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John Edmunds Real Estate & Investments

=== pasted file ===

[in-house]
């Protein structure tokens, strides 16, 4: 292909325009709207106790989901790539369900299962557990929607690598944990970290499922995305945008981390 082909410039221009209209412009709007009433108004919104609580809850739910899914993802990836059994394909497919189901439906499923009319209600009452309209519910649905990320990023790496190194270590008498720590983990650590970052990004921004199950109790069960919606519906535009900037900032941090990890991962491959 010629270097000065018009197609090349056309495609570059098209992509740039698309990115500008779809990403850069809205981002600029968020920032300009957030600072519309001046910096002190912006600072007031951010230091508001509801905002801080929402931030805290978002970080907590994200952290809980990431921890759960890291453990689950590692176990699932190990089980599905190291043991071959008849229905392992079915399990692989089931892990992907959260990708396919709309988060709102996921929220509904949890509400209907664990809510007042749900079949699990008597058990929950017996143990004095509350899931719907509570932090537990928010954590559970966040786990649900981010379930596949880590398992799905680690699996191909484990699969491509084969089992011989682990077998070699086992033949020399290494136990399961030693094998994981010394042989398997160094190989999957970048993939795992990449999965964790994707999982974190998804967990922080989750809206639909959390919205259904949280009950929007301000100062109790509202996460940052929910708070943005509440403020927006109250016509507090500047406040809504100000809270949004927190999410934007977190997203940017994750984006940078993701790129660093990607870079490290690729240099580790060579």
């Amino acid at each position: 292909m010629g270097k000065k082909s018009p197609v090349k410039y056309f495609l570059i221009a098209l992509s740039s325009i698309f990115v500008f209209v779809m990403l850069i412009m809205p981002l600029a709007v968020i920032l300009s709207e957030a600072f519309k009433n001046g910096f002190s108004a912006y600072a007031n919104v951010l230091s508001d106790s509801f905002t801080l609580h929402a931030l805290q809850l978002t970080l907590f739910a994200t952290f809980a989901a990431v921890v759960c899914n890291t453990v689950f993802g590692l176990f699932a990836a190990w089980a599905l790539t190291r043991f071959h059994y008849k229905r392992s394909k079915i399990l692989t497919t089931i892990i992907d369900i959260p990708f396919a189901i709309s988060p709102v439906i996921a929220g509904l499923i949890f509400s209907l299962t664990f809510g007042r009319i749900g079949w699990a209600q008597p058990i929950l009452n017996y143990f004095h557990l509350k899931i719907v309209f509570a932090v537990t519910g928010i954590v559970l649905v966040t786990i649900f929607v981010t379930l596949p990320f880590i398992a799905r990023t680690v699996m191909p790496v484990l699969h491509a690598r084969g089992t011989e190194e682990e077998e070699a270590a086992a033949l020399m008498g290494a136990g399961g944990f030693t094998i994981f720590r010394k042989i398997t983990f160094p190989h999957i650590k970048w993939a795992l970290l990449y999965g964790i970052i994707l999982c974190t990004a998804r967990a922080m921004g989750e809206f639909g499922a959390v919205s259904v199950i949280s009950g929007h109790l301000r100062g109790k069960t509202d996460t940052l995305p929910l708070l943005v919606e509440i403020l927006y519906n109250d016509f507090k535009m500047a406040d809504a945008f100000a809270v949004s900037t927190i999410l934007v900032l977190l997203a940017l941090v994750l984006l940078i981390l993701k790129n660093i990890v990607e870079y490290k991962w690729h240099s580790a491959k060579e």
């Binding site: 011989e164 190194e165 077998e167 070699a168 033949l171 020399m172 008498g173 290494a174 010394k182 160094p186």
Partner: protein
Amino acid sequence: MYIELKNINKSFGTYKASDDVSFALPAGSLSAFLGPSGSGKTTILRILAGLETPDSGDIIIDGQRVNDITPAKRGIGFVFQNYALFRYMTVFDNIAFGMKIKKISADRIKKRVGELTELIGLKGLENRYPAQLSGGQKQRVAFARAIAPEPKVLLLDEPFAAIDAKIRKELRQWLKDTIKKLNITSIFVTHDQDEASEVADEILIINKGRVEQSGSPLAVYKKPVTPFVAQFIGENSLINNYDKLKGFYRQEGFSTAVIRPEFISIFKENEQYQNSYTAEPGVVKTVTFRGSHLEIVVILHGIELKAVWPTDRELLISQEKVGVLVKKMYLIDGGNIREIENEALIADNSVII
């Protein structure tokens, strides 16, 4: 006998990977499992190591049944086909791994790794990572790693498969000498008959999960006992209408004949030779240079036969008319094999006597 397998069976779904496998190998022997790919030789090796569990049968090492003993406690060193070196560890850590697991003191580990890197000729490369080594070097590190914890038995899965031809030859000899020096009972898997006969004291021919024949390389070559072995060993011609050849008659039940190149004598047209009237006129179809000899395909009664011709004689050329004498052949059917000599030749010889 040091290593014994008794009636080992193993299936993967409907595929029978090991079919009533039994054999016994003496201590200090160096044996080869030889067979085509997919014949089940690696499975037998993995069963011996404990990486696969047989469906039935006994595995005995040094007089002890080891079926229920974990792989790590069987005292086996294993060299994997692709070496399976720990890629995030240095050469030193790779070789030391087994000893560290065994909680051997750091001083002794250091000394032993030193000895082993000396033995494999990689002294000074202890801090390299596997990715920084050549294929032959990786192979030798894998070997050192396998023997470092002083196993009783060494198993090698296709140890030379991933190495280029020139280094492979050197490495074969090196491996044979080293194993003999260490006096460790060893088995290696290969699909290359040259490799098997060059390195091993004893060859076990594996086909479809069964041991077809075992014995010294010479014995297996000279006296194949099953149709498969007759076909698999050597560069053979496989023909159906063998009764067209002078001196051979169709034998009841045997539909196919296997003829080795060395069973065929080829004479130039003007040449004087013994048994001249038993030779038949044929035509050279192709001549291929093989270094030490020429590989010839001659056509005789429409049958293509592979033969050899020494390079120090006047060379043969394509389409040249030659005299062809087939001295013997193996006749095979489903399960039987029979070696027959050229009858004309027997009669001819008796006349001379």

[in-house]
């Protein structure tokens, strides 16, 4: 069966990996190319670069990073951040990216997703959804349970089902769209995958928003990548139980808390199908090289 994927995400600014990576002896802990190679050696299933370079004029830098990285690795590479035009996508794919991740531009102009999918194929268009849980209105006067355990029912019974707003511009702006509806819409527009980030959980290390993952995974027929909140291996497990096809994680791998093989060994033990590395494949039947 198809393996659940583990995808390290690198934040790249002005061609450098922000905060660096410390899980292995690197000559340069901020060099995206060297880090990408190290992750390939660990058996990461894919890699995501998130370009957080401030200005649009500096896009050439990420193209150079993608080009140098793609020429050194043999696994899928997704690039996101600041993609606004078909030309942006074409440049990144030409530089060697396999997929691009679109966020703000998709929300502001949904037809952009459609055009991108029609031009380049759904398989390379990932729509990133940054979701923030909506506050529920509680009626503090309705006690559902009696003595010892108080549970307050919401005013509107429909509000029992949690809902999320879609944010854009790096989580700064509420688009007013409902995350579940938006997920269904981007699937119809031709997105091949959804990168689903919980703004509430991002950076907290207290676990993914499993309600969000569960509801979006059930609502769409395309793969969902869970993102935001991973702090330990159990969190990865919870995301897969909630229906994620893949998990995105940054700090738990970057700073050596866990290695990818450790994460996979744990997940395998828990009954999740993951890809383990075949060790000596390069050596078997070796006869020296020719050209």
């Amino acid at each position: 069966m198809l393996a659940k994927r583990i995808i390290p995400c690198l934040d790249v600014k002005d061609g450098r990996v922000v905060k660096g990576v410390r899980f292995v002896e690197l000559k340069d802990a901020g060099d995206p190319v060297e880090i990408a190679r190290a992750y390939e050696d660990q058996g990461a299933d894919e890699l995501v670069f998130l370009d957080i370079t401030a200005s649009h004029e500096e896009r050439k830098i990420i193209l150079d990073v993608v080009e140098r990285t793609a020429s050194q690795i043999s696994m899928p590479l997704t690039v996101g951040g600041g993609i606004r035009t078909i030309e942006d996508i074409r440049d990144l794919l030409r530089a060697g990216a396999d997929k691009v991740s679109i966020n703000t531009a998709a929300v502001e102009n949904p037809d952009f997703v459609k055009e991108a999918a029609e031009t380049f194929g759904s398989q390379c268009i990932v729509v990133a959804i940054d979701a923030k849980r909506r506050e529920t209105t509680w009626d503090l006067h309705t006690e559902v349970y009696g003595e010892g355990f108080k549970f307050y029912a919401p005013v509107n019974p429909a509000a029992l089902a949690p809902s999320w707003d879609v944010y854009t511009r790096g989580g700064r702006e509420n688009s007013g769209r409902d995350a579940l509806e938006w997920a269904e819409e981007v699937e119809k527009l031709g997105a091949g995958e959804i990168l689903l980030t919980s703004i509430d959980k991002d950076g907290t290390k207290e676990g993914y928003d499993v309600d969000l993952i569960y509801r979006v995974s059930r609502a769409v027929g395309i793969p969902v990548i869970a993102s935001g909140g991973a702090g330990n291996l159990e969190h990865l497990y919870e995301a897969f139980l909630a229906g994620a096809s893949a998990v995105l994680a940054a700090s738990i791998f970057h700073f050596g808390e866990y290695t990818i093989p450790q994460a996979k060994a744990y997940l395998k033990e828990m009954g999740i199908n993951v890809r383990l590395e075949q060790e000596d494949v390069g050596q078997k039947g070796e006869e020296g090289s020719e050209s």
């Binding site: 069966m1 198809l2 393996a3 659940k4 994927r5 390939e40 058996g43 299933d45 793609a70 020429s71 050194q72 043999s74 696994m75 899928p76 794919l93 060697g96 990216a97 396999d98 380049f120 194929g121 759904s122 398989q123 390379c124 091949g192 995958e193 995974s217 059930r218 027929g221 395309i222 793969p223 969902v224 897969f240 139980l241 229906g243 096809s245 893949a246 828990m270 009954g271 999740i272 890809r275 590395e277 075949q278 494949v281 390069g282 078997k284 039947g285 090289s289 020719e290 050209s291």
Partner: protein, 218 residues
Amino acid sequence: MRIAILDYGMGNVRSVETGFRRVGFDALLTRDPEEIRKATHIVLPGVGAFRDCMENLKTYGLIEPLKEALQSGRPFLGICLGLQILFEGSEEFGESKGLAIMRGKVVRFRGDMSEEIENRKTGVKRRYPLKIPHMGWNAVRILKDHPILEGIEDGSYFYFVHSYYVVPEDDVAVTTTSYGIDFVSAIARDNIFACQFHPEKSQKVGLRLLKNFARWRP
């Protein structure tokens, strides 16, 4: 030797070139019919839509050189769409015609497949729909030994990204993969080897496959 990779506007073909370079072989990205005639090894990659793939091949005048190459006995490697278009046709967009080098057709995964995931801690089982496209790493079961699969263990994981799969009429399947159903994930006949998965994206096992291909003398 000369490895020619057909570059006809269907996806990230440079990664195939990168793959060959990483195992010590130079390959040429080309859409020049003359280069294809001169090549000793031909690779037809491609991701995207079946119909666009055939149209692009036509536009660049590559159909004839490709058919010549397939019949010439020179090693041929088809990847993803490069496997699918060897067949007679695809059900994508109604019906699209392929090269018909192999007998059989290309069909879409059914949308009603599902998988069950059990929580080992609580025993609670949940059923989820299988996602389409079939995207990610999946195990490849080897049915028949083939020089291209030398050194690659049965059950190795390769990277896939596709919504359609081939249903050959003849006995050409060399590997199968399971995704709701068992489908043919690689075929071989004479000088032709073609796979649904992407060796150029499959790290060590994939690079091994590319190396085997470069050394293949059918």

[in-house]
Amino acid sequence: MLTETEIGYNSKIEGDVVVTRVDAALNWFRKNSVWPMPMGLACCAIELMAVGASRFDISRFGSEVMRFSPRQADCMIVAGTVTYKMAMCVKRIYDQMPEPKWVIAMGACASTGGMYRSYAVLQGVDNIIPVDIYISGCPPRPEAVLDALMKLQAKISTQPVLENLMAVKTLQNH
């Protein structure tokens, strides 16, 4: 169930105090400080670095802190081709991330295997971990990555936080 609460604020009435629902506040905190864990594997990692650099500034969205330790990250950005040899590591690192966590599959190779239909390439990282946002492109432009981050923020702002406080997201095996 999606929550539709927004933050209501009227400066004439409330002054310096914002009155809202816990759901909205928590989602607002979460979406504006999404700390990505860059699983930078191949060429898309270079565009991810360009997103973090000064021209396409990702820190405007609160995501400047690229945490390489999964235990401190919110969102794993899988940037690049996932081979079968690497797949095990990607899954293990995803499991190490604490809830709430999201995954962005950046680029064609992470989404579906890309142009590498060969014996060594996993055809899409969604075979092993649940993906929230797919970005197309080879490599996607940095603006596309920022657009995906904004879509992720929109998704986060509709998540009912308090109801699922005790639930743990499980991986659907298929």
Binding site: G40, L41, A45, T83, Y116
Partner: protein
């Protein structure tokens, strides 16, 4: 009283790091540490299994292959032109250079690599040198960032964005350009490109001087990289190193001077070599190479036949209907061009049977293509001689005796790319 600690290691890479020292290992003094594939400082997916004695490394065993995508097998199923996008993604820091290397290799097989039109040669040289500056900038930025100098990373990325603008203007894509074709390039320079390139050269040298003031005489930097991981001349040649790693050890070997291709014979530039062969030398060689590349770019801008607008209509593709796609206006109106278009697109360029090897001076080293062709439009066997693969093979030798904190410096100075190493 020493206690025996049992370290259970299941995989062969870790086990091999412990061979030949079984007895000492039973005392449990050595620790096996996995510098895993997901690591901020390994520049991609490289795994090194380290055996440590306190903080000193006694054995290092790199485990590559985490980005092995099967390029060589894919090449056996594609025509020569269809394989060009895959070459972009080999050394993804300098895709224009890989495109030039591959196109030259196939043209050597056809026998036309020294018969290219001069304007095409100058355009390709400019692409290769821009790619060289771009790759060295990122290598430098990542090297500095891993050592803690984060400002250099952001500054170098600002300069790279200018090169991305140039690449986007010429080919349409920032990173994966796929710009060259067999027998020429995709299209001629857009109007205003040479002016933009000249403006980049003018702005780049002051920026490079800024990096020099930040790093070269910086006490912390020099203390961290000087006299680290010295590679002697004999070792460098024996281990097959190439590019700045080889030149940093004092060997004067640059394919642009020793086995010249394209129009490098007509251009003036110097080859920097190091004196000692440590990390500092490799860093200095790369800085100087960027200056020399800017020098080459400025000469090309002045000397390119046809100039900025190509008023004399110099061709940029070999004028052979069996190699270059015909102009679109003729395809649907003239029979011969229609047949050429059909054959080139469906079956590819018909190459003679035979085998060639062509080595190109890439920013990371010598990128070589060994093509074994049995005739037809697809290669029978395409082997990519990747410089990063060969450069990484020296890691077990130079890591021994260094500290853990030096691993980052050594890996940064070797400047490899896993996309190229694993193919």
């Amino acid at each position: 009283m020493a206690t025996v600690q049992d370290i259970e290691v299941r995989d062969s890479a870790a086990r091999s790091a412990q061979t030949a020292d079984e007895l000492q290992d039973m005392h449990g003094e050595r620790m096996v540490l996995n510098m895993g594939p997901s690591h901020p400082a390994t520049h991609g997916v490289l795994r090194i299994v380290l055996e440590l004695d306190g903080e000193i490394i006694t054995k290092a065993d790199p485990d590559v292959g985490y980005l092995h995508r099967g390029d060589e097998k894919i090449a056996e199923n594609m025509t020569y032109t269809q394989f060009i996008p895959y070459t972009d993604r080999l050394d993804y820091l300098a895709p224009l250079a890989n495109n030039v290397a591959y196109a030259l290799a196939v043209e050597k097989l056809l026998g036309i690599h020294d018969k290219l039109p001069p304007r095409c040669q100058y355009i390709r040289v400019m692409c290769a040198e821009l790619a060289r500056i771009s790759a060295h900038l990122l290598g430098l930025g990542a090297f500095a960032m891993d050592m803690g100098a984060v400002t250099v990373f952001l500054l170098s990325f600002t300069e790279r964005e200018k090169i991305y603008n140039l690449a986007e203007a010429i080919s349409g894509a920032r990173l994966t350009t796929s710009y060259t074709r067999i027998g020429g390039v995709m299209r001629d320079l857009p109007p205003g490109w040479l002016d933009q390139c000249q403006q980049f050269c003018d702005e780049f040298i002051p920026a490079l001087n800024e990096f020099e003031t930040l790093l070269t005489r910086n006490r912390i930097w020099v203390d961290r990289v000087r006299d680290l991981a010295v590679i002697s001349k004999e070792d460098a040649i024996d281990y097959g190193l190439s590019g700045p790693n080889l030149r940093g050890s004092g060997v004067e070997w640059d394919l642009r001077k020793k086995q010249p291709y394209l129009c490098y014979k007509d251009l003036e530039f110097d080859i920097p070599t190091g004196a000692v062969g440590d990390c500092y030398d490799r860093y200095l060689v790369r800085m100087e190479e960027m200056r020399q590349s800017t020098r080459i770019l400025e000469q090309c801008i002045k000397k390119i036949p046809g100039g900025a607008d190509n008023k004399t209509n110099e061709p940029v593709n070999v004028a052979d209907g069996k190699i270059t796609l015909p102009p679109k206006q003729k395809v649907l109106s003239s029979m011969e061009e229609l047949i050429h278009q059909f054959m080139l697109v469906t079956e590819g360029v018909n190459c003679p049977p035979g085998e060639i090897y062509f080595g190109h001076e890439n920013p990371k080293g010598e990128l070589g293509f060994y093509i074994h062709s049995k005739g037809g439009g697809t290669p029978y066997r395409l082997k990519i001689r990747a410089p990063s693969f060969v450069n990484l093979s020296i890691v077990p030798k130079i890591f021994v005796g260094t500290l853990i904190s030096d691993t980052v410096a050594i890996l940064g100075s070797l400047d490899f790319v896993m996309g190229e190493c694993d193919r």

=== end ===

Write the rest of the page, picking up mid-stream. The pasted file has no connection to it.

BUY PROPERTY AND TRANSFER YOUR EQUITY WITHOUT PAYING CAPITAL GAINS TAXES What is a §1031 Exchange? A §l031 Exchange is a transaction in which a taxpayer is allowed to exchange one investment property for another by deferring the tax consequence of a sale. The transaction is authorized by §1031 of the IRS Code. The IRS Code actually reads: "No gain or loss shall be recognized on the exchange of property held for productive use in a trade or business or for investment, if such property is exchanged solely for property of like kind, which is to be held either for productive use in a trade or business or for investment." Requirements for a 1031 Exchange • Timelines for a 1031 Exchange The investor (or exchanger) must follow the strict 45- / 180-day guidelines for an exchange. Once the exchanger sells his/her property (relinquished property) he/she has 45 days to identify property(s) of equal or greater value. Once identified, the exchanger has 180 days from the day he/she sold their property to acquire the property(s) identified (or 135 days from the end of the 45-day period). • Like-Kind Property in a 1031 Exchange The investor must acquire "like-kind" property. This means that it must be other qualifying forms of real estate. For example, the exchanger could sell a duplex and purchase a commercial property, or he/she could sell a piece of land and buy an apartment building. The property just needs to be "like-kind." • Exchange Property Held for Investment The property sold (relinquished property) and the newly acquired property (replacement property) must be held for investment or business purposes. Therefore, you cannot sell your primary residence and buy an investment property, nor could you sell and investment property and purchase a primary home. • Equal or Greater Debt and Equity in a 1031 Exchange If the exchanger sells a property for $1 million, in which $500k was equity and $500k was debt, then the exchanger needs to purchase $1 million or more worth of property. Furthermore, the exchanger needs to use all the equity and replace all of the debt to defer 100% of the capital gains taxes. The exchanger may add additional proceeds to the new purchase if he/she wishes and the exchanger can take on additional debt if desired as well. If the exchanger does not wish to use all of the sales proceeds he/she may do a partial exchange and pay the applicable capital gains taxes on the difference. This is referred to as "boot." • Constructive Receipt and Qualified Intermediary for a 1031 Exchange. The exchanger may not receive cash from the sale. This is known as "constructive receipt" and would trigger a taxable event on those monies received. According to the IRS safe harbor provisions, the exchanger must use a Qualified Intermediary or QI to facilitate the 1031 transaction. The QI is an independent 3rd party (not your attorney, agent, broker or CPA) who holds the sales proceeds and purchases the replacement property on your behalf. It is extremely important in today's environment to associate only with reputable, insured and bonded qualified intermediaries. • 1031 Exchange Risk As with any investment in real estate, there are risks associated with 1031'S and all investment vehicloes, always consult your attorney specializing in 1031 code or real estate investments. SELF DIRECTED IRA Want to use a self Directed IRA to invest in residential real estate? These Self-Directed IRAs allow you to invest in real estate, precious metals, notes, tax lien certificates, private placements and many more investment options. A Self-Directed IRA is a traditional or Roth IRA in which the custodian permits a wide range of investments that are allowable in retirement accounts. One of these alternative options, real estate investments, is appealing to many people who consider using a Self-Directed IRA to purchase rental properties. However, just because something is allowed by the IRS does not always mean it is the best choice for a portion of your retirement savings. Here are some important things to be aware of when it comes to using an IRA to purchase real estate. What Is a Self-Directed IRA? The term “self-directed” means that alternative investments are accepted or offered by the IRA custodian. An IRA custodian is the financial institution responsible for record keeping and IRS reporting requirements. The “self” directed aspect kicks in each year since you must accurately value your investment annually and report the value to your IRA custodian. How Self-Directed IRAs May Be Used to Buy Real Estate The first steps when using an IRA is to set up a Self-Directed IRA. Several reputable companies provide individual investors with the ability to set up self-directed retirement accounts. Due to the complex nature of Self-Directed IRAs, it is helpful to have a custodian that will help provide some much-needed guidance as you travel through the murky and confusing waters of the IRS tax code. Some IRA custodians have more complicated fee structures than others. Therefore, it is important to do your homework and examine all of the potential fees and expenses that will impact the overall return on your investment. In many cases, it is advisable to also establish a limited liability company (LLC) or other entity to hold the investment assets. With Self-Directed IRAs, you must generate sufficient cash flow that will cover all maintenance and repair costs without the need for you to add cash each year. Primary Benefits of Owning Investment Real Estate in an IRA Perhaps the biggest benefit of using a Self-Directed IRA to purchase real estate is found in the potential tax benefits. As is the case with any investment in your IRA, you benefit from tax-deferred income until the day you take withdrawals, or if your investment holdings are in a Roth IRA, your investment gains get to accumulate tax-free and you are able to withdraw it tax-free. You still must wait until you reach age 59 ½ to withdraw your funds without being subject to an early withdraw penalty and having that included as ordinary income on your tax return. But active investors may buy, sell, or flip properties and move funds from one project to another and still maintain the tax-deferral status of the IRA. Another benefit of owning real estate in an IRA is the familiarity. Investor interest is often sparked by global market uncertainty and this can lead investors to stick with more local investments. Self-Directed IRAs provide you with an ability to invest in investments that you know and understand. What Are the Biggest Downside Risks? As an account holder in a Self-Directed IRA you are responsible for doing the required due diligence on the property itself. This may be an appealing feature of real estate investing in IRAs if you are a real estate professional or experienced investor. However, it could lead to a bad investment decision or the potential of being a victim of fraud if you are not a savvy real estate investor. The Securities and Exchange Commission (SEC) has released an investor alert addressing Self-Directed IRAs and the risk of fraud. One of the biggest risks of owning real estate in a Self-Directed IRA is the potential lack of diversification. While not impossible for super savers who have accumulated substantial amounts of wealth in an IRA, many investors lack the ability to create a diversified real estate investment portfolio. Only focusing on the upside potential is a major risk to consider before purchasing an investment property. Liquidity is another big concern when investing in real estate within an IRA. There is always a possibility that you may not be able to access the value of your investment to make distributions when you may need the money the most during your retirement years. Are There Any Potential Tax Pitfalls? Owning real estate in an IRA allows your investment to grow on a tax-deferred basis (Roth IRAs provide the potential for tax-free growth). However, if you don’t follow the rules and purchase property the wrong way within an IRA you could disqualify the IRA and create a taxable event. IRA ownership of investment property also loses some of the tax breaks available to real estate investors if the property operates at a loss. You also cannot claim depreciation on IRA-owned real estate. If you are thinking that an IRA could be used to purchase a vacation home or a primary or secondary residence…think again! Self-Directed IRA investment transactions involving real estate must all be arm's length transactions. This means that no self-dealing or personal transactions are allowable with Self-Directed IRAs. This rule also applies to immediate family members. So, don’t think you can buy or sell property to or from a family member or yourself unless you want to create a taxable event. Unrelated business income tax (UBIT) is another potential tax issue. This will be important to pay attention to if you are thinking about the use of a mortgage to purchase an investment property. With a traditional IRA you must take required minimum distributions once you reach age 70 1/2. If you own real estate in an IRA, it is very difficult to sell off your real estate holdings in small chunks each year. That is the reason you must have enough cash in your IRA accounts to cover your required distributions to avoid tax problems.